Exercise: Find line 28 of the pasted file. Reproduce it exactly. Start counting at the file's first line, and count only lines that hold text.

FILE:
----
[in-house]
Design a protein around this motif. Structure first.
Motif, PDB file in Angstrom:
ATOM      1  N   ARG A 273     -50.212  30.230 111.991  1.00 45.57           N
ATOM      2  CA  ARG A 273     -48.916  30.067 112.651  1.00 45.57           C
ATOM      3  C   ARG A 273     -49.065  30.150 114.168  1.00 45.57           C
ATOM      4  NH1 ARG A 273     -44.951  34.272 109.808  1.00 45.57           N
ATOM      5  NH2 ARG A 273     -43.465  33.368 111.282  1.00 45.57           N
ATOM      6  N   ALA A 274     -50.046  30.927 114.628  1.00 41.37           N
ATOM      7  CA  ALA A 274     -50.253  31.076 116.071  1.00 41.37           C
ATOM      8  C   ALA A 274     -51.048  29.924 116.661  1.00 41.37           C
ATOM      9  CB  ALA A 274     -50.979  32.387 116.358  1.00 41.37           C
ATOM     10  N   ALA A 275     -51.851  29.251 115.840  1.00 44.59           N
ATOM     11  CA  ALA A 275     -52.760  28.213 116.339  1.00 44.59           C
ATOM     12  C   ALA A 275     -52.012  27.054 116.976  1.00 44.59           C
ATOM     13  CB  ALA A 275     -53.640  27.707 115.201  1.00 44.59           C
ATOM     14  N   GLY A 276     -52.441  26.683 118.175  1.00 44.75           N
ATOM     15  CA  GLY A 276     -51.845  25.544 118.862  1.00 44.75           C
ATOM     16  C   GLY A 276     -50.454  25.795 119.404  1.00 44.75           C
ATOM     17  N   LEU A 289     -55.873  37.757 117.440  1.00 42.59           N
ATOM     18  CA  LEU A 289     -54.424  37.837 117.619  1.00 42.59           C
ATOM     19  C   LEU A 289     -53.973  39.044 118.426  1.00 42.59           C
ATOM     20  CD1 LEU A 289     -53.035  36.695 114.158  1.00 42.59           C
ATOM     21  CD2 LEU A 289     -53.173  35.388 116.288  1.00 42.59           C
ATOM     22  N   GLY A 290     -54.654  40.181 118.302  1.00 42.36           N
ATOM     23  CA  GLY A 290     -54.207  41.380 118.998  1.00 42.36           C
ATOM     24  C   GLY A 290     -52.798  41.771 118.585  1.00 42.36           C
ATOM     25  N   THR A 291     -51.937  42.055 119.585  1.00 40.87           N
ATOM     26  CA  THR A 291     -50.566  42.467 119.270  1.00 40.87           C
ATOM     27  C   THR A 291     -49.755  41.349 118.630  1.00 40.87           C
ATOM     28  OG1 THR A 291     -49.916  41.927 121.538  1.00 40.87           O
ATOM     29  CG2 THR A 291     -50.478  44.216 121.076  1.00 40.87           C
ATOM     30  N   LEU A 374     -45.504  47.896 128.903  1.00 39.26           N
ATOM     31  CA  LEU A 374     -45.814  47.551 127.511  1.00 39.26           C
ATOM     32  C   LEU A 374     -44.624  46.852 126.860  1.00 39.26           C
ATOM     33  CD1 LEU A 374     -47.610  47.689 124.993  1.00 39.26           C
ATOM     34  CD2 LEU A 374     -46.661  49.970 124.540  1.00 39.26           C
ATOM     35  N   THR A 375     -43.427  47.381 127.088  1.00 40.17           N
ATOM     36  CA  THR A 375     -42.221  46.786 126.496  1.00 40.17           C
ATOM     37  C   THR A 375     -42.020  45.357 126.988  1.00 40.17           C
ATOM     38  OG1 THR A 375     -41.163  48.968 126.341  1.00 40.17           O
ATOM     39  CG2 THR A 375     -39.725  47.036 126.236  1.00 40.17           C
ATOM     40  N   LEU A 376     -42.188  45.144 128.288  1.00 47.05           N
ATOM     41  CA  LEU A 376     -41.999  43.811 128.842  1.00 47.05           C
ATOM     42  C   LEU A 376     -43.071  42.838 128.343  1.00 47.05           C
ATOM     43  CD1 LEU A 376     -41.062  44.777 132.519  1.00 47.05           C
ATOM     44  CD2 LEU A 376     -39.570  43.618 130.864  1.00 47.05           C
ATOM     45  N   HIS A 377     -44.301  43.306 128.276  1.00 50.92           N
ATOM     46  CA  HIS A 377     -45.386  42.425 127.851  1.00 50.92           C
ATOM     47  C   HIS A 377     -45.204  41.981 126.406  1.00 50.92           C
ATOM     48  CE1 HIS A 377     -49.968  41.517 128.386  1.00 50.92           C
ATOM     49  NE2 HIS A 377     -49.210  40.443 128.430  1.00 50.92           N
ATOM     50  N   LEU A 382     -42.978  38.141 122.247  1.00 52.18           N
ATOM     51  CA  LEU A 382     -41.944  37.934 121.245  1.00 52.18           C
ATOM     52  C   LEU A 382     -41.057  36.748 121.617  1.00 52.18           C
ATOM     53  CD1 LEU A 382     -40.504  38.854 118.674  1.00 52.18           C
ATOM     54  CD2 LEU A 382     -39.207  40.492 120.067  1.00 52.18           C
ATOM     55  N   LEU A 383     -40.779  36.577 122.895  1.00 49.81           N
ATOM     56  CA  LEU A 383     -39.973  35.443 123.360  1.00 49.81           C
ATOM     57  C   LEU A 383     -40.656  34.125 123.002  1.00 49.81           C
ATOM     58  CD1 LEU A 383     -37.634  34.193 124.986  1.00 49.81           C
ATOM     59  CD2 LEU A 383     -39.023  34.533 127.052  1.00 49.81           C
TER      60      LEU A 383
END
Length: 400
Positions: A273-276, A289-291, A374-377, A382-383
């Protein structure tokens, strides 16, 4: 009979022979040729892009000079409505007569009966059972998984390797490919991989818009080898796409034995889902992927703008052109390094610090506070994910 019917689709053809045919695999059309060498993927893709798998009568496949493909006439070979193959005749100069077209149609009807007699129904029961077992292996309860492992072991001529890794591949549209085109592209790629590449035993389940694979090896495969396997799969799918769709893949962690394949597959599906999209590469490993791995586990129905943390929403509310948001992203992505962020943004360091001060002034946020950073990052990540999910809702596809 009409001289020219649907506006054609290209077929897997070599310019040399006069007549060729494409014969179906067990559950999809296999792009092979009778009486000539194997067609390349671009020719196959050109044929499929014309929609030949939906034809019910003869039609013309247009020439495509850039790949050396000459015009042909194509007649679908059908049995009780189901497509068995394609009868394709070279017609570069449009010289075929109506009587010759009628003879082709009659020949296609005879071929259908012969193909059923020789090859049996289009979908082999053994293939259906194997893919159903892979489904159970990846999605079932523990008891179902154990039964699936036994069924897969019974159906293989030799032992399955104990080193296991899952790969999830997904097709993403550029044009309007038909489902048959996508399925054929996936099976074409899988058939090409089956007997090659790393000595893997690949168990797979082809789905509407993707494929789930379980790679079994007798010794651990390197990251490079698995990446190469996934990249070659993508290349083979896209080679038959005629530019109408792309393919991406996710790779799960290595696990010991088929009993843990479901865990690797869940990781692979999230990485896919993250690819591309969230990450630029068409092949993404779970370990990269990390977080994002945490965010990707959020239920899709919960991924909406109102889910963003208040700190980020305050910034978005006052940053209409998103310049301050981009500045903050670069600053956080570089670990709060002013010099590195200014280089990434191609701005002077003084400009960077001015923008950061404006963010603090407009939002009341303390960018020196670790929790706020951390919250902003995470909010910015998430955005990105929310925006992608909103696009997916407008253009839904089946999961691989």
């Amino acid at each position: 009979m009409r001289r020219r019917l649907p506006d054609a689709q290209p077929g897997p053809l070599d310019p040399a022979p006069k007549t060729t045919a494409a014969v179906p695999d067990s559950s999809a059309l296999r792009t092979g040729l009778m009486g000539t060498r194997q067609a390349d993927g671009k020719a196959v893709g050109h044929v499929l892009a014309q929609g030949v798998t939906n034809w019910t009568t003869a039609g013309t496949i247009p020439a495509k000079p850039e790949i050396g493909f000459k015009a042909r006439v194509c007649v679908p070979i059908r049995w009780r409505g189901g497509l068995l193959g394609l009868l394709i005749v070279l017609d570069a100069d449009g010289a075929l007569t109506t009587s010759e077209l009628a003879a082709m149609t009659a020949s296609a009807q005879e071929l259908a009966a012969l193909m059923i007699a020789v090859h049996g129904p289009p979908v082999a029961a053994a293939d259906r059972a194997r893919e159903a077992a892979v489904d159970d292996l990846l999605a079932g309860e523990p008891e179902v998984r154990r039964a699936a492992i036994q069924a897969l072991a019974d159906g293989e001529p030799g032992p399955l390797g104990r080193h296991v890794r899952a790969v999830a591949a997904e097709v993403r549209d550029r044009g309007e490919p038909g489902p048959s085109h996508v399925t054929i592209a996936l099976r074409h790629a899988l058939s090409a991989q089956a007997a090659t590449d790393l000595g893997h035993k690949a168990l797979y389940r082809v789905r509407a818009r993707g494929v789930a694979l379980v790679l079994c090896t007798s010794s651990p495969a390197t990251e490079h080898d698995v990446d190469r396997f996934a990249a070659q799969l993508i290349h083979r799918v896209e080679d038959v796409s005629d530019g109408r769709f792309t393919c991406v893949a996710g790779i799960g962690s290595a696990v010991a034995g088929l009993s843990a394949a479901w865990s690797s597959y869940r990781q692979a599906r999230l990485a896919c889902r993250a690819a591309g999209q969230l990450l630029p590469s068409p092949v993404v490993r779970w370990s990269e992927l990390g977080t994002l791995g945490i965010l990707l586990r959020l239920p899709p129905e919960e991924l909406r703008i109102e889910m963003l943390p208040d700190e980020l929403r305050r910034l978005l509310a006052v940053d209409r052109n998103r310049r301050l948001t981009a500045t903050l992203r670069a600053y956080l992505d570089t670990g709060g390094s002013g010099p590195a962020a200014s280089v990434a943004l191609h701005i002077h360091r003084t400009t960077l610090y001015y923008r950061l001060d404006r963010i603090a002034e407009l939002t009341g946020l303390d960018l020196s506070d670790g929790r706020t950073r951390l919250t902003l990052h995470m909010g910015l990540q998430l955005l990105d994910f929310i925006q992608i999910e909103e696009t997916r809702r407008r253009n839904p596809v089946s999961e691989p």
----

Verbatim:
ATOM     25  N   THR A 291     -51.937  42.055 119.585  1.00 40.87           N